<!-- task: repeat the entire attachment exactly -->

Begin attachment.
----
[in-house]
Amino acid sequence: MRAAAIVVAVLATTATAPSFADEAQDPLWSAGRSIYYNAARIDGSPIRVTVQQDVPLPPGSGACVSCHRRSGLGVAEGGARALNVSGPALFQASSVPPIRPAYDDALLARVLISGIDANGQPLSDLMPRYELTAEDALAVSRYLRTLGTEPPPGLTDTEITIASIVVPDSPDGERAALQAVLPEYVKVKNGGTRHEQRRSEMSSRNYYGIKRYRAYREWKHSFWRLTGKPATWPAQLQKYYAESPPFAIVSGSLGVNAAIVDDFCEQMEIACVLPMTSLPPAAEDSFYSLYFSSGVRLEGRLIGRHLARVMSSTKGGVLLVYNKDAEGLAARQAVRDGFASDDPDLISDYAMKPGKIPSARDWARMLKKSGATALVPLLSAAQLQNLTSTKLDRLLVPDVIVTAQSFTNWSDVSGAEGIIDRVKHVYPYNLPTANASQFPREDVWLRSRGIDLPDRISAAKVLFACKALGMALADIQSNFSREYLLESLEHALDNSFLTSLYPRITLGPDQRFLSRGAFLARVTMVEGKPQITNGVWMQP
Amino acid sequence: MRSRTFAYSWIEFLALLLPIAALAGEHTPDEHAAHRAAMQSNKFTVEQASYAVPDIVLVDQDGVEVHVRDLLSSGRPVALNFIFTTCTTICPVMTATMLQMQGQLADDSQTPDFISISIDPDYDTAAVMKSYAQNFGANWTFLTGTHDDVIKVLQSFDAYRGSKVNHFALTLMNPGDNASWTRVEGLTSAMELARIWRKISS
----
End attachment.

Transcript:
[in-house]
Amino acid sequence: MRAAAIVVAVLATTATAPSFADEAQDPLWSAGRSIYYNAARIDGSPIRVTVQQDVPLPPGSGACVSCHRRSGLGVAEGGARALNVSGPALFQASSVPPIRPAYDDALLARVLISGIDANGQPLSDLMPRYELTAEDALAVSRYLRTLGTEPPPGLTDTEITIASIVVPDSPDGERAALQAVLPEYVKVKNGGTRHEQRRSEMSSRNYYGIKRYRAYREWKHSFWRLTGKPATWPAQLQKYYAESPPFAIVSGSLGVNAAIVDDFCEQMEIACVLPMTSLPPAAEDSFYSLYFSSGVRLEGRLIGRHLARVMSSTKGGVLLVYNKDAEGLAARQAVRDGFASDDPDLISDYAMKPGKIPSARDWARMLKKSGATALVPLLSAAQLQNLTSTKLDRLLVPDVIVTAQSFTNWSDVSGAEGIIDRVKHVYPYNLPTANASQFPREDVWLRSRGIDLPDRISAAKVLFACKALGMALADIQSNFSREYLLESLEHALDNSFLTSLYPRITLGPDQRFLSRGAFLARVTMVEGKPQITNGVWMQP
Amino acid sequence: MRSRTFAYSWIEFLALLLPIAALAGEHTPDEHAAHRAAMQSNKFTVEQASYAVPDIVLVDQDGVEVHVRDLLSSGRPVALNFIFTTCTTICPVMTATMLQMQGQLADDSQTPDFISISIDPDYDTAAVMKSYAQNFGANWTFLTGTHDDVIKVLQSFDAYRGSKVNHFALTLMNPGDNASWTRVEGLTSAMELARIWRKISS